RichardP13


Posts:0


08/31/2019 6:26 PM  
dues can be raised up to 20%
CelesteS3


Posts:6


08/31/2019 6:31 PM  
Hi, it is for a specific repair. We have a bid for the repair. Let's just say it's a roof so we can get over that hurdle.

It is 48 units.
RichardP13


Posts:0


08/31/2019 6:38 PM  
If it me in your shoes, I would look to get a loan and use an approved special assessment as collateral to re-pay the loan. What a financial institution will look for is history of delinquencies. If is very low, you could have a good shot.

Let's say the roof cost $480,000, each unit is responsible for $10,000. If they all have it, great. If not, it would be over time. How soon does the repair have to be done. If a roof, you have potential upcoming leaking and time might be of the essence.

Call a town hall meeting and lay out the facts.
MelissaP1
(Alabama)

Posts:8622


08/31/2019 6:40 PM  
Make sure you have done the 3 bids to get a good contract with a roofer. Be careful of those who want to do "insurance claims" for your roofs. It's not always the best route to go.

Whatever the best bidder is, then you have to take that amount and divide it up 48 ways. You all then need to vote to do the special assessment for that amount. It may take some time to collect that money. A factor you will need to consider.

Honestly, there's no good way to do a special assessment that won't cause people to be upset or refuse to pay. It's just the nature of the game. Unless your lucky for the membership to agree this is something needed and willing to pay to do it. Otherwise expect people to ask millions of questions like "Why are we paying for THEIR roof to be fixed?".

Former HOA President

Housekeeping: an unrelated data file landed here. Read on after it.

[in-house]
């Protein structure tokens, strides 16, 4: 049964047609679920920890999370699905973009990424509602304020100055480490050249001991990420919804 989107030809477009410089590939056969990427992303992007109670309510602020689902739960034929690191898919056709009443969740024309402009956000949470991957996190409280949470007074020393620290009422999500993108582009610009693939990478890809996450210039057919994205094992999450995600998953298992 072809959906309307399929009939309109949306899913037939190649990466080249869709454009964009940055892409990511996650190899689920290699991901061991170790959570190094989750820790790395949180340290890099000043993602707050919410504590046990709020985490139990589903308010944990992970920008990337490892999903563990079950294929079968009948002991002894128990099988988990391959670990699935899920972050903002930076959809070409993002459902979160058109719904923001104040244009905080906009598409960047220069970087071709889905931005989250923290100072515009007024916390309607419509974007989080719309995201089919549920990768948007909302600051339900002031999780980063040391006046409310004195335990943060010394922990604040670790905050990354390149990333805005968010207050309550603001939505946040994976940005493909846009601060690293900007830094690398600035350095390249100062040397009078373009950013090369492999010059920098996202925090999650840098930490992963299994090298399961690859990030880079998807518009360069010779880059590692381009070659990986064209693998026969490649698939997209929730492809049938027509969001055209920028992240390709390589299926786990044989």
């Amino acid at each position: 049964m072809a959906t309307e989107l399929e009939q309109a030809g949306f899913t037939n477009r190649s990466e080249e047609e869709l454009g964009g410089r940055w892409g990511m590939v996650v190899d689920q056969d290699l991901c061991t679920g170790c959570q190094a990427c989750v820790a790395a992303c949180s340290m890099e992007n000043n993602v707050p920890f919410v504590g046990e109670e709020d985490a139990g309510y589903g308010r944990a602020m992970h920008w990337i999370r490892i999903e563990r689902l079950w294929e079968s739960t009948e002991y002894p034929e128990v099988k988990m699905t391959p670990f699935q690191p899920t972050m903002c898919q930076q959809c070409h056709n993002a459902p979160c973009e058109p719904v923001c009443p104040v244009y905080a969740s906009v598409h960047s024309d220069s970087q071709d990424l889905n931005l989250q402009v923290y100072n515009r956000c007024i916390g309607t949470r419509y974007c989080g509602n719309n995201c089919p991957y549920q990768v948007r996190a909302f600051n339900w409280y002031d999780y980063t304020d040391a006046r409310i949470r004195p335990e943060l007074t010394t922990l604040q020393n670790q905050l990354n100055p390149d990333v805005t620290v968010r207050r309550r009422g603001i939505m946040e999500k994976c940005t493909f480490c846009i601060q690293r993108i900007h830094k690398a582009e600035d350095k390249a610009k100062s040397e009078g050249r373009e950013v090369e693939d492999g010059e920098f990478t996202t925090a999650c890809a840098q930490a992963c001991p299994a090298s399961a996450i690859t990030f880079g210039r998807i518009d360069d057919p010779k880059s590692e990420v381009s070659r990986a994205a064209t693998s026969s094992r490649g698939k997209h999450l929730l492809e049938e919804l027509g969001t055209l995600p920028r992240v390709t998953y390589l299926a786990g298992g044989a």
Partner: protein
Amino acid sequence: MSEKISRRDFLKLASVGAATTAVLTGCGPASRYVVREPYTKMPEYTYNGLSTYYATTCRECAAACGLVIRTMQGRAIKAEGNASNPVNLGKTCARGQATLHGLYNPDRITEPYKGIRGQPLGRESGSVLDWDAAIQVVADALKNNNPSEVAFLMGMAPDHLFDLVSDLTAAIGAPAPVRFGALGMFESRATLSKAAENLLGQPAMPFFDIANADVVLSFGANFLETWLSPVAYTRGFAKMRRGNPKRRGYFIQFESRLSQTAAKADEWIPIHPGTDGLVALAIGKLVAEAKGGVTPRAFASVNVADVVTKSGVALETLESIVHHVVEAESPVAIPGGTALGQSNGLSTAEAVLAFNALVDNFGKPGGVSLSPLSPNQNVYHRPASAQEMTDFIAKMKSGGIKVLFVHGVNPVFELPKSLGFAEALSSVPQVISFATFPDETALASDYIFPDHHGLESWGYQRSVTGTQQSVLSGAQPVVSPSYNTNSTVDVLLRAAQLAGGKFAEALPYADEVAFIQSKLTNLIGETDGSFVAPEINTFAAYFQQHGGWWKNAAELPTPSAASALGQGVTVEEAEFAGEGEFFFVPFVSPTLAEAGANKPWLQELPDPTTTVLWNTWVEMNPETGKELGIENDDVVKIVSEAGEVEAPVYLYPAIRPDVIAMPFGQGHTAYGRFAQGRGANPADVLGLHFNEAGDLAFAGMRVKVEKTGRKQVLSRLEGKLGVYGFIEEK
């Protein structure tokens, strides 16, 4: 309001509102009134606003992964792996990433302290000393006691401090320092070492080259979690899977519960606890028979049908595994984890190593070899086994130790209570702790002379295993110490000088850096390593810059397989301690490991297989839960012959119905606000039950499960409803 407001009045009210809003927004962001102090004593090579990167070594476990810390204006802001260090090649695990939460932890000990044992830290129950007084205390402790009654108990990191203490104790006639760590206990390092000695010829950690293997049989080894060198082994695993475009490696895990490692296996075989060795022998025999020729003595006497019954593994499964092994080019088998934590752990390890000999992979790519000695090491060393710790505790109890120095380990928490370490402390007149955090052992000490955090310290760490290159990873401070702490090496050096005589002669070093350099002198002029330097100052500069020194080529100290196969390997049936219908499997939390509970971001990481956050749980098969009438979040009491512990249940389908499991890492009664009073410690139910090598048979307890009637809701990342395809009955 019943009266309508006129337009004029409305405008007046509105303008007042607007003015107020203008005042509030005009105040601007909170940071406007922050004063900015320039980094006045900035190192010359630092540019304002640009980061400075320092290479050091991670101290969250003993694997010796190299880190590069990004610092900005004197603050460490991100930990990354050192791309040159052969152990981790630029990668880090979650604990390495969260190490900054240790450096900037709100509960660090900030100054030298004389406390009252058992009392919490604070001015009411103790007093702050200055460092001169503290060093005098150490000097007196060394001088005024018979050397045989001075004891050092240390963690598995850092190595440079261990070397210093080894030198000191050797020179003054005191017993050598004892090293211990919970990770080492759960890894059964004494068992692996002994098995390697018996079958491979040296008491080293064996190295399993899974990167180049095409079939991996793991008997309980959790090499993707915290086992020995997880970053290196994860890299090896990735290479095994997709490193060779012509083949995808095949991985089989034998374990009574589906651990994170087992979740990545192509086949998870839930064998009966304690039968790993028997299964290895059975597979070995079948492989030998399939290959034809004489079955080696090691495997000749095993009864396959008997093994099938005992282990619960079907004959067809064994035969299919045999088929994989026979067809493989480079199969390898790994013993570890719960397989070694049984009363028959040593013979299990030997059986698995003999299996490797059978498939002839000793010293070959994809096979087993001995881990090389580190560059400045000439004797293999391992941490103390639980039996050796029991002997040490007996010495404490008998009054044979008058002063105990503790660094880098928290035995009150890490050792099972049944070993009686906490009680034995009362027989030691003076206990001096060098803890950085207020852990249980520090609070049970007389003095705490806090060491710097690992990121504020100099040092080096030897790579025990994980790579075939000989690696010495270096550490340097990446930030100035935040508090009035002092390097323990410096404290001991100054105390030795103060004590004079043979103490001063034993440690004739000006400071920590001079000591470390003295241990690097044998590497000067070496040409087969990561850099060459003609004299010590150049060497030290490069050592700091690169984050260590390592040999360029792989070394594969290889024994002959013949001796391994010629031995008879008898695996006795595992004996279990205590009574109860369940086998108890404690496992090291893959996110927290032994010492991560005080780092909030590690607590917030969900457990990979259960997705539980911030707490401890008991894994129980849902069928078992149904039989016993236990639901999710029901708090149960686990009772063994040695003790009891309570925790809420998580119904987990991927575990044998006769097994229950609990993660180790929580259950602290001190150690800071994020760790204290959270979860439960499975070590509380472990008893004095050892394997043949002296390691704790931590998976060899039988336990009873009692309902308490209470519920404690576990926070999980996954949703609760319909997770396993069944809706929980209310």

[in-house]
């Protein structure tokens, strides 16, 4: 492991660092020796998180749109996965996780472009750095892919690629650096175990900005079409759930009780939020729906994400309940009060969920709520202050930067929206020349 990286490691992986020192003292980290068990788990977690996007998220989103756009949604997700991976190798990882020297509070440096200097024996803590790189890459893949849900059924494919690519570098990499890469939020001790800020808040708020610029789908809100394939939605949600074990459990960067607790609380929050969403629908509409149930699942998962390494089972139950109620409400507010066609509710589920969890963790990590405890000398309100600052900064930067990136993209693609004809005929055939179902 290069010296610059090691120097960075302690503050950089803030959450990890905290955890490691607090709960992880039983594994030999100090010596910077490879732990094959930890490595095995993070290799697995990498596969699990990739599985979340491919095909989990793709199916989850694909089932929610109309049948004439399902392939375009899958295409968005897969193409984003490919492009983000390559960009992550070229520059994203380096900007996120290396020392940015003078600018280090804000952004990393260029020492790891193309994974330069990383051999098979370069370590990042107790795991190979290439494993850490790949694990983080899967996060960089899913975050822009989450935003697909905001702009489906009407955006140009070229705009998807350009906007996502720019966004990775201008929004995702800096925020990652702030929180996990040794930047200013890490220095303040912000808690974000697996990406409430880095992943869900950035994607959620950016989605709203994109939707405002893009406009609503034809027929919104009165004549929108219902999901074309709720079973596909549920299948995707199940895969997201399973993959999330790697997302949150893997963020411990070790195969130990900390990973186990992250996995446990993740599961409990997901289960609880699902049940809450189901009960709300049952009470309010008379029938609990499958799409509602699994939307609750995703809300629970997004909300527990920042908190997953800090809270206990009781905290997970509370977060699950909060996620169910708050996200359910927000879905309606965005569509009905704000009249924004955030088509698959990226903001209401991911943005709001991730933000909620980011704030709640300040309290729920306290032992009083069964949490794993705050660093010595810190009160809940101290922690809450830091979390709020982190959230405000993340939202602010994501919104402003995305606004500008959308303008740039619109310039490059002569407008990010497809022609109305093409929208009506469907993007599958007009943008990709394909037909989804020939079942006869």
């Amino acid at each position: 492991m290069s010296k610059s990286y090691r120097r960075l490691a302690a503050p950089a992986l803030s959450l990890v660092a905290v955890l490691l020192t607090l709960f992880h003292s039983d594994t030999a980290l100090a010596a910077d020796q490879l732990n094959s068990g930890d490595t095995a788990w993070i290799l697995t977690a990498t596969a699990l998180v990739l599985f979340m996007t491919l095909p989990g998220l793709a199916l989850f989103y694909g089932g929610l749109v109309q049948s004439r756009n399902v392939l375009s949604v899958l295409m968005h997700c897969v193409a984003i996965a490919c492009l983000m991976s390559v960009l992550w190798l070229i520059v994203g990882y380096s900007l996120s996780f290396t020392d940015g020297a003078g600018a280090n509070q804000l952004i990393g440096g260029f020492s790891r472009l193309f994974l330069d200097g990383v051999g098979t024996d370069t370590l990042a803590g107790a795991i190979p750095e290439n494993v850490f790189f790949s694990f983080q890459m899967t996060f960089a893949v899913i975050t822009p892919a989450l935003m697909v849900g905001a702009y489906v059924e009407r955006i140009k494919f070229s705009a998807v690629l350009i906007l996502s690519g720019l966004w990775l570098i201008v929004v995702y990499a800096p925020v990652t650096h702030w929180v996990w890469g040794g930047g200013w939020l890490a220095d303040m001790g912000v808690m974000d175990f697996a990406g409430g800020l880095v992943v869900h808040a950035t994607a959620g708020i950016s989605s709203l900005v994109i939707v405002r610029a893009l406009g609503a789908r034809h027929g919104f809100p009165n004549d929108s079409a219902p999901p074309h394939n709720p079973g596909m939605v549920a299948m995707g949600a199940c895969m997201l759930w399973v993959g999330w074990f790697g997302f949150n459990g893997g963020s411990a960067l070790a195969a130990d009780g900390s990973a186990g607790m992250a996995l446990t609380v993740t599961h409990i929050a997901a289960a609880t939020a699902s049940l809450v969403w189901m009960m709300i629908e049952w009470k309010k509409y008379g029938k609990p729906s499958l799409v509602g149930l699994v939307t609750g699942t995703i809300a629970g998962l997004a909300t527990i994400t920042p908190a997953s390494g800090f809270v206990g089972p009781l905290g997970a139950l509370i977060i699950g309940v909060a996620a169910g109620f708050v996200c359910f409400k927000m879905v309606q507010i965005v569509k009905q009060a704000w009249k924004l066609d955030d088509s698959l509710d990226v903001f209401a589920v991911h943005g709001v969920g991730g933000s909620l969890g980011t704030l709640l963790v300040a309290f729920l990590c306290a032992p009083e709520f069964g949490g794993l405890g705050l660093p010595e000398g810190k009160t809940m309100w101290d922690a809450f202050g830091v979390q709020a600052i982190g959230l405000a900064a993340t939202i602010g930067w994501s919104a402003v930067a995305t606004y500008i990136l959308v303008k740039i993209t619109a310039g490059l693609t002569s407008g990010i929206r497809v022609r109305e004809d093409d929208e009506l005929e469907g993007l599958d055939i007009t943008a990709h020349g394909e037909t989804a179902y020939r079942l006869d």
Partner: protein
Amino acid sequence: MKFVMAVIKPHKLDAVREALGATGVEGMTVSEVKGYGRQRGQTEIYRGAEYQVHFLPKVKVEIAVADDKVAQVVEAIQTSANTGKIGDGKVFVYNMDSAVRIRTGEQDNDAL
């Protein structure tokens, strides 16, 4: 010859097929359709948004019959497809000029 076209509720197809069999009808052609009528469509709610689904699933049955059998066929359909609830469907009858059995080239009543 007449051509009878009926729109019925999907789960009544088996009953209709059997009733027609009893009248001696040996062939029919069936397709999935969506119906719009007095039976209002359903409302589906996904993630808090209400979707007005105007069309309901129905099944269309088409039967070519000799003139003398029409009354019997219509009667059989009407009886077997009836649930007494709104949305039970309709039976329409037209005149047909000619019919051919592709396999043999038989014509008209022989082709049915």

SamE2
(New Jersey)

Posts:164


09/01/2019 5:32 AM  
What I did when I was in your situation was get a loan for the HOA. It was hard to find a bank and I ended up having to get a broker to put me in contact with a bank that would loan us the money. The interest rate was fair but we had to pay a lot of upfront costs. We then had a special assessment that covered the loan with the caveat the owners could prepay the assessment and get a prepayment discount. We had an attorney review the loan documents and write the resolution for the special assessment. We are a 24 unit condo and 21 units prepaid. We made the prepayment discount big enough to encourage people to prepay even if they had to go out and get a loan on their own.
CelesteS3


Posts:6


09/01/2019 8:22 AM  
This is really helpful.

So if they didn't repay, they were stuck with the payment plan for the loan term, and the payment plan was inherited by new owners?
JohnC46
(South Carolina)

Posts:8749


09/01/2019 8:47 AM  
Posted By CelesteS3 on 09/01/2019 8:22 AM
This is really helpful.

So if they didn't repay, they were stuck with the payment plan for the loan term, and the payment plan was inherited by new owners?




In one HOA we had a bank loan with each owner having to pay the bank their share. Technically it was done as a Special Assessment with over 75% of owners having to approve. The loan was secured via a lien on the person's home just like a mortgage. The payments plans were pay now with no interest or finance it for up to 5 years with interest. As such, the lien (if any) had to be settled upon sale of the unit. They became part of the selling/buying negotiation.

The "loans" were from $25K to $30K on units (townhomes) valued at $450K to $525K.

Over 85% of owners vote to approve the plan. Two owners took it to court and lost.
SamE2
(New Jersey)

Posts:164


09/01/2019 4:14 PM  
Posted By CelesteS3 on 09/01/2019 8:22 AM
This is really helpful.

So if they didn't repay, they were stuck with the payment plan for the loan term, and the payment plan was inherited by new owners?




We allowed the seller to settle the outstanding balance when they sold if they wanted to or the buyer could take it over.